Can mice smell food?
Representatives of the mouse genus "Mus" reach a body length of 5 to 12 centimeters. Then there is the three to eleven centimeters long tail. The animals weigh between 5 and 35 grams, but a well-fed laboratory or colored mouse can weigh up to 60 grams.
The African harvest mouse (Mus minutoides) is the lightweight of the genus "Mus". It weighs 5 grams at a height of 5 centimeters, which is twice as heavy as the even smaller "Etruscan shrew". This weighs just 2.5 grams, but is not a "real or old world mouse" but is a systematic family member of the shrews in the insectivore order (like the mole). The only representative of its own genus of dwarf mice within the subfamily of "real mice" is also quite small. The Eurasian harvest mouse (Micromys minutus) is 5 to 7 centimeters tall. The tail length is about 7 centimeters. This tiny thing weighs about 7 grams.
Through breeding in particular, there is a whole range of coat colors. In the wild, the fur on the top is usually gray or brown, the underside is lighter and can be gray, brown or white. Even if the tail looks hairless at first glance, it is covered with fine hairs and it has easily visible scale rings.
Mice originally come from Africa, southern Europe and parts of South and Southeast Asia. The species known today as the house mouse (Mus musculus) originally came from India and only later came to Central Europe. Excavations show that house mice lived near humans as early as the Neolithic Age and made their homes there.
The human closeness provided the small rodents with a lot of "ride opportunities" so that they could spread over the whole globe. They also reached America and Australia by ship.
Traditional habitats are forests and savannahs. But you can also encounter them in the alpine mountains. The house mouse and the African harvest mouse have established themselves near human settlements - also in the home.
Mice prefer solid ground under their feet, but they can swim. Experiments were made with mice as early as the middle of the 17th century. Today, laboratory mice are a popular object for behavioral research and for studying diseases such as cancer.
Way of life
Real or old world mice (Murinae) do not hibernate, but can shut down their bodily functions to such an extent that they fall into a kind of freezing state in order to save energy. This is always the case when the food supply is scarce. The wild species, such as the native wood mouse (Apodemus sylvaticus), are usually nocturnal, while the species in close proximity to humans are on the move both during the day and at night.
Mice are mostly vegetarians. But there are also species that do not disdain insects and other small animals. It is easiest for house mice, which eat everything that humans carelessly leave around.
Mice originally came out of the dark, lived in cracks and crevices in the rock. This is why their sense of smell is very well developed and body odor is an important means of communication. But ultrasonic tones that are inaudible to humans are also part of the repertoire.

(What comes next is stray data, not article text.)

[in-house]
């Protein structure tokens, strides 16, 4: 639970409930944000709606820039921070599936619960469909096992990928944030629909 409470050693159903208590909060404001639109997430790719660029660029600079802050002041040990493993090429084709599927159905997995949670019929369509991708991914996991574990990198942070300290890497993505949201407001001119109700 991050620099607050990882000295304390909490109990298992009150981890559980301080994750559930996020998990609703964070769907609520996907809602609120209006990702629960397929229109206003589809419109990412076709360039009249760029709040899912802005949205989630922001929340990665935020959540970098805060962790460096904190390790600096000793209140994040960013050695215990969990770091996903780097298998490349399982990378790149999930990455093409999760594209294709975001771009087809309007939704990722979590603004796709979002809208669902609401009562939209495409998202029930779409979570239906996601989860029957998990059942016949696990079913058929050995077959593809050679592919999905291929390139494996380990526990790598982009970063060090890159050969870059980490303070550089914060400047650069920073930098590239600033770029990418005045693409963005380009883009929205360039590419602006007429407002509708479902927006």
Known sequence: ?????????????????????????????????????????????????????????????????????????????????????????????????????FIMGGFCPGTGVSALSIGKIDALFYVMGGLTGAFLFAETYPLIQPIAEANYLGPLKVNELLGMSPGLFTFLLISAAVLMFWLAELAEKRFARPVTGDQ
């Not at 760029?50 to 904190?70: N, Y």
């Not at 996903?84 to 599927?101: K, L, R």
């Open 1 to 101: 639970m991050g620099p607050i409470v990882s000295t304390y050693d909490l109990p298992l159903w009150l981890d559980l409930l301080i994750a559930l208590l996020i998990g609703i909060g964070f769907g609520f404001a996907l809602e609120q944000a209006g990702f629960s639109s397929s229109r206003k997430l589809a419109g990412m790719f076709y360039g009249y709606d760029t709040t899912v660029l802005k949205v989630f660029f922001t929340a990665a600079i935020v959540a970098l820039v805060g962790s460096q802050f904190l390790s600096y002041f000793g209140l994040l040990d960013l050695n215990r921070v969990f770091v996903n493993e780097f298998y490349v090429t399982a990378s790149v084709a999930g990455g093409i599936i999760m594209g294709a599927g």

In principle, mice eat everything. Vegetable food is preferred, but insects are also on the menu. Wood mice even attack small birds and worms. Even the bark of young trees is not spurned in an emergency.
If there is an abundance of food, mice store supplies for bad times, for example for the winter months. Contrary to popular belief, however, mice are not particularly fond of cheese. You have to lure them into the trap with aromatic sweets or bacon. Mice kept as pets are usually given dry food.
As long as there are no food shortages, mice are very fertile. Female mice can give birth six to eight times a year. If, for example, a pair of mice starts to reproduce in February / March, there can be 1200 animals by the end of the year that result from the offspring and their offspring.
It is interesting that the young mice are sexually mature at the age of ten to twelve weeks. The female mice are pregnant for around three weeks and the litter can be up to eight young. With a life expectancy of one to two years, it is necessary to preserve the species with large offspring.
At birth, the cubs are naked, blind and deaf and weigh less than a gram. A week and a half later, a fine hair fluff forms. They only open their eyes after around 15 days and after three weeks they no longer need breast milk. By then they had already increased their weight to six grams.
Mice have many enemies. In the vicinity of humans there are cats, but also rats and stone martens. Barn owls hunt not only in the wild, but also in buildings. They like to lurk in barns for a bite to eat.
In the wild, many other birds of prey are after the mice. With the help of ultraviolet rays, they can even detect telltale traces of urine left by mice on their paths and thus involuntarily indicate their whereabouts. Foxes, weasels, martens and hedgehogs are also hot on the heels of the little rodents.
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